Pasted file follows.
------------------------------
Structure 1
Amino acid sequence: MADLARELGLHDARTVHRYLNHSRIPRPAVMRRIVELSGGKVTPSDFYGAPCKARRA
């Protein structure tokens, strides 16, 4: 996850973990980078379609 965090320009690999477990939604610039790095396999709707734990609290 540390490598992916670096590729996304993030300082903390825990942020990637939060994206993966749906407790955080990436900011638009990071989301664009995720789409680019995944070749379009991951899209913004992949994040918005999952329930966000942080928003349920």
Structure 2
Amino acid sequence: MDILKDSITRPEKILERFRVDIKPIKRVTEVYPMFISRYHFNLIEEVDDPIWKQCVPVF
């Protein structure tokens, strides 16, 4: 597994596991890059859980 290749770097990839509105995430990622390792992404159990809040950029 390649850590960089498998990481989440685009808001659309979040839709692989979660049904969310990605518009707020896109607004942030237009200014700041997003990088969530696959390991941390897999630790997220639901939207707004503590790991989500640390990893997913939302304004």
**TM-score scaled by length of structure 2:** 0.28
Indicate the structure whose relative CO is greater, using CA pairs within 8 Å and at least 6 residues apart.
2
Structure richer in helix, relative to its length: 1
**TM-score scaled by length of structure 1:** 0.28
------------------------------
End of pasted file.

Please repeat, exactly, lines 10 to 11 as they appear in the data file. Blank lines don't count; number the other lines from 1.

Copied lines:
Structure richer in helix, relative to its length: 1
**TM-score scaled by length of structure 1:** 0.28